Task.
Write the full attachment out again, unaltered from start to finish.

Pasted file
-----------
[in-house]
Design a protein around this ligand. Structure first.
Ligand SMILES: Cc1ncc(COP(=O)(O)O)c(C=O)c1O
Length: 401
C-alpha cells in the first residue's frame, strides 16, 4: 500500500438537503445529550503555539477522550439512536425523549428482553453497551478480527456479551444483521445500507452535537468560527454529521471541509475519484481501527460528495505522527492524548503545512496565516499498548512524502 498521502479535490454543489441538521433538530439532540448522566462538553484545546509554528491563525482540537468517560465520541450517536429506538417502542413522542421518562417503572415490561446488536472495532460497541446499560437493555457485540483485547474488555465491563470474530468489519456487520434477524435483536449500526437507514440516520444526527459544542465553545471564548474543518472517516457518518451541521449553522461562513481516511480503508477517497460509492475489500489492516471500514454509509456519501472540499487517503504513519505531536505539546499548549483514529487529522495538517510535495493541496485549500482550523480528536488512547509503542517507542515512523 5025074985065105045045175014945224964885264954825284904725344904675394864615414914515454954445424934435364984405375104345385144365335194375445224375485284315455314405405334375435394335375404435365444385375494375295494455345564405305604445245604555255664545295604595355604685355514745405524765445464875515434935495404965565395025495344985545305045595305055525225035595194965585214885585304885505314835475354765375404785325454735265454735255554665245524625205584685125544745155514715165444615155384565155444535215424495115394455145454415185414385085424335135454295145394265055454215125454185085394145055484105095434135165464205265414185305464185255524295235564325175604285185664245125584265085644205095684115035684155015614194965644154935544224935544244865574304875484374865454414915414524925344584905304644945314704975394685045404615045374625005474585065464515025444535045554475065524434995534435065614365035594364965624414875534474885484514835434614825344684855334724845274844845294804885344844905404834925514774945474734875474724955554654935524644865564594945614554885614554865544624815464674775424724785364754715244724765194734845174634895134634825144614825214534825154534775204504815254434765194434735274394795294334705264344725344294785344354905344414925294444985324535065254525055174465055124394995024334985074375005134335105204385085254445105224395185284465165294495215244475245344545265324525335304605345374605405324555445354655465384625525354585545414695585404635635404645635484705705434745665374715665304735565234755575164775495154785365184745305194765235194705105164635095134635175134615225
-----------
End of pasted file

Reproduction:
[in-house]
Design a protein around this ligand. Structure first.
Ligand SMILES: Cc1ncc(COP(=O)(O)O)c(C=O)c1O
Length: 401
C-alpha cells in the first residue's frame, strides 16, 4: 500500500438537503445529550503555539477522550439512536425523549428482553453497551478480527456479551444483521445500507452535537468560527454529521471541509475519484481501527460528495505522527492524548503545512496565516499498548512524502 498521502479535490454543489441538521433538530439532540448522566462538553484545546509554528491563525482540537468517560465520541450517536429506538417502542413522542421518562417503572415490561446488536472495532460497541446499560437493555457485540483485547474488555465491563470474530468489519456487520434477524435483536449500526437507514440516520444526527459544542465553545471564548474543518472517516457518518451541521449553522461562513481516511480503508477517497460509492475489500489492516471500514454509509456519501472540499487517503504513519505531536505539546499548549483514529487529522495538517510535495493541496485549500482550523480528536488512547509503542517507542515512523 5025074985065105045045175014945224964885264954825284904725344904675394864615414914515454954445424934435364984405375104345385144365335194375445224375485284315455314405405334375435394335375404435365444385375494375295494455345564405305604445245604555255664545295604595355604685355514745405524765445464875515434935495404965565395025495344985545305045595305055525225035595194965585214885585304885505314835475354765375404785325454735265454735255554665245524625205584685125544745155514715165444615155384565155444535215424495115394455145454415185414385085424335135454295145394265055454215125454185085394145055484105095434135165464205265414185305464185255524295235564325175604285185664245125584265085644205095684115035684155015614194965644154935544224935544244865574304875484374865454414915414524925344584905304644945314704975394685045404615045374625005474585065464515025444535045554475065524434995534435065614365035594364965624414875534474885484514835434614825344684855334724845274844845294804885344844905404834925514774945474734875474724955554654935524644865564594945614554885614554865544624815464674775424724785364754715244724765194734845174634895134634825144614825214534825154534775204504815254434765194434735274394795294334705264344725344294785344354905344414925294444985324535065254525055174465055124394995024334985074375005134335105204385085254445105224395185284465165294495215244475245344545265324525335304605345374605405324555445354655465384625525354585545414695585404635635404645635484705705434745665374715665304735565234755575164775495154785365184745305194765235194705105164635095134635175134615225